I mentioned Will Wright’s “Spore” a few months ago on my blog and have yet to mess around with it. You can see a video of the Spore monster creator here.
The video above is for a game called “Little Big Planet” that I will definitely be checking out. From the video it looks like it allows you to intuitively build 3D & 2D environments that are governed by physics. Both Spore and Little Big planet seem to understand that it is much more fun to build your own characters, levels and games that to just play someone elses. The fun is in the making. Looks like I will have to wait to check it out though because they just announced a recall.
October 7th, 2008
I just finished reading the Design Quarterly “HATS” by Richard Saul Wurman. Amongst other things, he elegantly describes the juxtaposition of information to reveal new information. “The creative organization of information creates new information” he elaborates:
“The hats never change, but hanging them in different patterns or with different rules or on different racks can affect what we learn about them”.
This got me thinking about permanence and flexibility in information design. I think Wurman’s description makes an excellent case for the value of interactive visualization. A visualization with an interface that is static or permanent is locked in a single configuration denying the other potential meanings from coming to the surface. The hats are in effect glued to the rack. Whereas a flexible interface allows for rapid reconfiguration and unlocking of additional meanings.
I interpret a static interface for information design such as a poster as an authoritative conclusion. It is authoritative because the manipulating of the hats was taken care of by the expert and the expert has distilled the findings into a static image. On the opposite side, I see the dynamic interface as an invitation to explore and produce new meaning. It is an invitation to move the hats.
I don’t think either of these approaches is universally better than the other when it comes to communicating with intent. What interests me is how successful each method is in engaging the viewer/user. I think engagement presupposes all learning and I suspect that meaningful interactivity increases the chances of engagement. This belief spawned my pre-thesis statement:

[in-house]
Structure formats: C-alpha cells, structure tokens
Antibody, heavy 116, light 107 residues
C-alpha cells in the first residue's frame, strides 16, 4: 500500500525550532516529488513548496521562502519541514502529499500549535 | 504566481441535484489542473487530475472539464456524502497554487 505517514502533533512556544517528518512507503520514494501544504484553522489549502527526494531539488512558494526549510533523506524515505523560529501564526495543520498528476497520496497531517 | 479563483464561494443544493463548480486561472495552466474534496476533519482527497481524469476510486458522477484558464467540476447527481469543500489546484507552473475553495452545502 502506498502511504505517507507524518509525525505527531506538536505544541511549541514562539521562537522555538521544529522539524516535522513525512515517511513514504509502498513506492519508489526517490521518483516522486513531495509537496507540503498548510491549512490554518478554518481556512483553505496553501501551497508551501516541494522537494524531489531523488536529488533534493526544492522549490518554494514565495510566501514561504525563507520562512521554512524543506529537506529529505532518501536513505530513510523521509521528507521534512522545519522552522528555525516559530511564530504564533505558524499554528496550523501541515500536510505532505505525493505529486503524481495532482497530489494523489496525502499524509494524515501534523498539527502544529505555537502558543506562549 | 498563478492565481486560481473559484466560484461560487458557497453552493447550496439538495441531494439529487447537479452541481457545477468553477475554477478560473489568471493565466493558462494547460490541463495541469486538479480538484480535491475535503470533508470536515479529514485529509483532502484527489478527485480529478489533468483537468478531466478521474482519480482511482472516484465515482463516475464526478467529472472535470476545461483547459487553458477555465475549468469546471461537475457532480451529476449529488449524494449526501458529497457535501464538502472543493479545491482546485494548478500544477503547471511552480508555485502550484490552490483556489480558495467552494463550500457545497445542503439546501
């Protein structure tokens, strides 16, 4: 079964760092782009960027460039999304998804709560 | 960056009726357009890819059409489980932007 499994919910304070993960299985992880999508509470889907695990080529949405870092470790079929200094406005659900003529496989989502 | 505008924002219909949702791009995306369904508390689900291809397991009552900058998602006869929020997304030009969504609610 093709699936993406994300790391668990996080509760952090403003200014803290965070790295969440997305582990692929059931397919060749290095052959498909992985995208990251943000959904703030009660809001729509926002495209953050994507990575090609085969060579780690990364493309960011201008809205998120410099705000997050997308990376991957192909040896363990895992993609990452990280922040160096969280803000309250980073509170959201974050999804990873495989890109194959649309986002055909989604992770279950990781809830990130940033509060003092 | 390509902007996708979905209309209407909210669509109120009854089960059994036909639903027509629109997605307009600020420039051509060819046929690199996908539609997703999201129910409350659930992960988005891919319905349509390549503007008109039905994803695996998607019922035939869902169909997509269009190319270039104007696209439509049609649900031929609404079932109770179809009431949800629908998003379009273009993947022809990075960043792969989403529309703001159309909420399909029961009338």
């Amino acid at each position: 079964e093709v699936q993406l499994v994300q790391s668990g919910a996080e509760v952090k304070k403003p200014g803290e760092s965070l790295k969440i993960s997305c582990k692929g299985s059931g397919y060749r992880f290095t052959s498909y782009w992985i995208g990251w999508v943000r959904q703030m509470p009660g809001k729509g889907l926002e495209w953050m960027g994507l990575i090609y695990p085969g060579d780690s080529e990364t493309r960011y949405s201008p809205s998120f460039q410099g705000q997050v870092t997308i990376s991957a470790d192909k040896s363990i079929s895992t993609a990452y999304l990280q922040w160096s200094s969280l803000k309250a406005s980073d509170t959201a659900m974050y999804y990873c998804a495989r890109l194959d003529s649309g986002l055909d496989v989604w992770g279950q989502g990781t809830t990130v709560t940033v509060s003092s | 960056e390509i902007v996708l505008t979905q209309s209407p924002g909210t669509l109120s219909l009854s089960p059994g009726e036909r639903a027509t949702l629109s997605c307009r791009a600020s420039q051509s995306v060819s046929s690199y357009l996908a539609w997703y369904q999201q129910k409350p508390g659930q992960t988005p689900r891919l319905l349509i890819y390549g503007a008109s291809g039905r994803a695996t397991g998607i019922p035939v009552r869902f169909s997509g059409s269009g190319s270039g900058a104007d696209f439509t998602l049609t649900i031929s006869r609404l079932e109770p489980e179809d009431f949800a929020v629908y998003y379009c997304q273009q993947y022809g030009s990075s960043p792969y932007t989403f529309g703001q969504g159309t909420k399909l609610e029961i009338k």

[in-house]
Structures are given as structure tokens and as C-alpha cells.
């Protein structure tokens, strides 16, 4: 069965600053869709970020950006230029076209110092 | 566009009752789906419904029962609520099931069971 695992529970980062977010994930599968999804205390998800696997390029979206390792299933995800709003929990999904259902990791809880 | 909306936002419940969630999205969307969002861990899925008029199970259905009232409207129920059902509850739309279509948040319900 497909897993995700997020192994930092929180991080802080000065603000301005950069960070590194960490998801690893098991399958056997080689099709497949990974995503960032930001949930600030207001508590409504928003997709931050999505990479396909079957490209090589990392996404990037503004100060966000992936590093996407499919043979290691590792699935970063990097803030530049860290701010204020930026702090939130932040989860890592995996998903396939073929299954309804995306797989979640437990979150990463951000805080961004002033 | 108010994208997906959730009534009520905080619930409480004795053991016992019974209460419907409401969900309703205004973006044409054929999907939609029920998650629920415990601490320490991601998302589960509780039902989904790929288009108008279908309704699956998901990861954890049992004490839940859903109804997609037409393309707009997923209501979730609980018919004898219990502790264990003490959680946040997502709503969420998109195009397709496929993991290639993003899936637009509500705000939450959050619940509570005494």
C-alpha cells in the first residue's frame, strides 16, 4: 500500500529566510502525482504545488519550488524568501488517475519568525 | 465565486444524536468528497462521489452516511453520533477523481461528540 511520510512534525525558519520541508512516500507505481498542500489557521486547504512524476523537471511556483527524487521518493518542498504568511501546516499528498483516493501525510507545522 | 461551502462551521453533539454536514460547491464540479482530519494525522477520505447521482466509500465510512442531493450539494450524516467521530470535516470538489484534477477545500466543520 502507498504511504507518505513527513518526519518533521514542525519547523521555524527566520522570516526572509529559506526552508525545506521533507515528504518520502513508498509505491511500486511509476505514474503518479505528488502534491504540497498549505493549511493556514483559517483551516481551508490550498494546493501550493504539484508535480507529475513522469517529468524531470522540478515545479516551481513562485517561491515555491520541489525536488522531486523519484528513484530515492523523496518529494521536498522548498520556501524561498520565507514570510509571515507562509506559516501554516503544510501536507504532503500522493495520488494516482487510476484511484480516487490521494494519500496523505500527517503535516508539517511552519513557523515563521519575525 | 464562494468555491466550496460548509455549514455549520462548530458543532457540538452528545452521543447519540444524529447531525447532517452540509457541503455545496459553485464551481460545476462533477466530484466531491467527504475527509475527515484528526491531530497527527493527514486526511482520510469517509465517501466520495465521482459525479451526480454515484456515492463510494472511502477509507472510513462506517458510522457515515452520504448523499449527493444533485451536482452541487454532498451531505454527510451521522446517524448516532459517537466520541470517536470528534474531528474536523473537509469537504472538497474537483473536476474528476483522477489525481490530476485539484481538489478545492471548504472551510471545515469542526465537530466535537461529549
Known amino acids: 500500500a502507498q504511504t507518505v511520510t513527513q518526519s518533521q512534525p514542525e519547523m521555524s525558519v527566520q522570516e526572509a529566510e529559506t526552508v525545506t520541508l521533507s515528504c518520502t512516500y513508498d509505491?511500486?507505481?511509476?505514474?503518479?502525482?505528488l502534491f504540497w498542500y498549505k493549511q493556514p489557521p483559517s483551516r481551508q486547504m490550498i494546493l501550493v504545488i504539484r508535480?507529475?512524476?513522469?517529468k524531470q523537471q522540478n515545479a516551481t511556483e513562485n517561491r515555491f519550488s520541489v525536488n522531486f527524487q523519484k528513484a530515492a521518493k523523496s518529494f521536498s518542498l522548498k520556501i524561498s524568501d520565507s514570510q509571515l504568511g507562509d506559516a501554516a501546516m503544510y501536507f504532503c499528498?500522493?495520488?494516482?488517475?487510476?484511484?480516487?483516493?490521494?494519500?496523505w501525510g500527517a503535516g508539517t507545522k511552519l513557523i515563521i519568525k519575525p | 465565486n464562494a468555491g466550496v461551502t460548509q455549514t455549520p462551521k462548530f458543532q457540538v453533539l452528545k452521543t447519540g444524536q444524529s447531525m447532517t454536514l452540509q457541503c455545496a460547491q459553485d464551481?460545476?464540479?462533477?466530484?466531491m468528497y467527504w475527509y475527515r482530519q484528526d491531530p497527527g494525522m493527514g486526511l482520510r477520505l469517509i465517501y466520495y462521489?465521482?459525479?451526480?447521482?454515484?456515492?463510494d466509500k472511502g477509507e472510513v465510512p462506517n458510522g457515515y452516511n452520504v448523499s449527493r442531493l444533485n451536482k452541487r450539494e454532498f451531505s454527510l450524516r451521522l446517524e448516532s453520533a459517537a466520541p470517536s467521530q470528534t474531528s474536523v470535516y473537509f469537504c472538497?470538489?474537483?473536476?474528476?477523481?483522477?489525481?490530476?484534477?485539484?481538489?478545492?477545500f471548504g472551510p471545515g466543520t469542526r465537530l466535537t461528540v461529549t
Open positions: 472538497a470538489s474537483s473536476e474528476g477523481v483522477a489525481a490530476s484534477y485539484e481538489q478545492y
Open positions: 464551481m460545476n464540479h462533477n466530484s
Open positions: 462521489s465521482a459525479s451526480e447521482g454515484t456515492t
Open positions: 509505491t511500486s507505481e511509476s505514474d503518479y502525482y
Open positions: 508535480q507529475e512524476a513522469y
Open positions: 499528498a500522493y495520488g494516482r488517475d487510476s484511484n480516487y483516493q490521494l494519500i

How does the assertion and relinquishing of authorial control over message and experience in visualization influence participation and experience for the audience?
My response to this question in my pre-thesis is that when the user has a stake in the creative process the experience is more meaningful. Which leads me to the question, if the most distilled information design is not necessarily the most engaging, are there more effective means of communicating information?
October 5th, 2008
I am taking Design as Experience this semester and have been enjoying the hands-on projects. One of our assignments is to manipulate a piece of rope every day for 15 minutes and document it before and after. I have been doing a lot programming over the last several months and I am learning a lot but working on non-computer projects has been a lot of fun. Sometimes I forget there is a world outside of the computer and how nice it is to work with something other than pixels.
October 2nd, 2008
Typography is not my strong suite but every once in a while I see type that really stands out for me. I found myself really liking the menu board at Chipotle today. The signs are very simple, reflecting the relatively few choices on the menu. Although I had not been to a Chipotle before, I was able navigate menu and order my food without the usual anxiety that comes with navigating a new menu. With all the confusing information I face on a daily basis this menu stood out as a welcome relief. It made me wonder what the world would look like if extreme clarity became fashionable.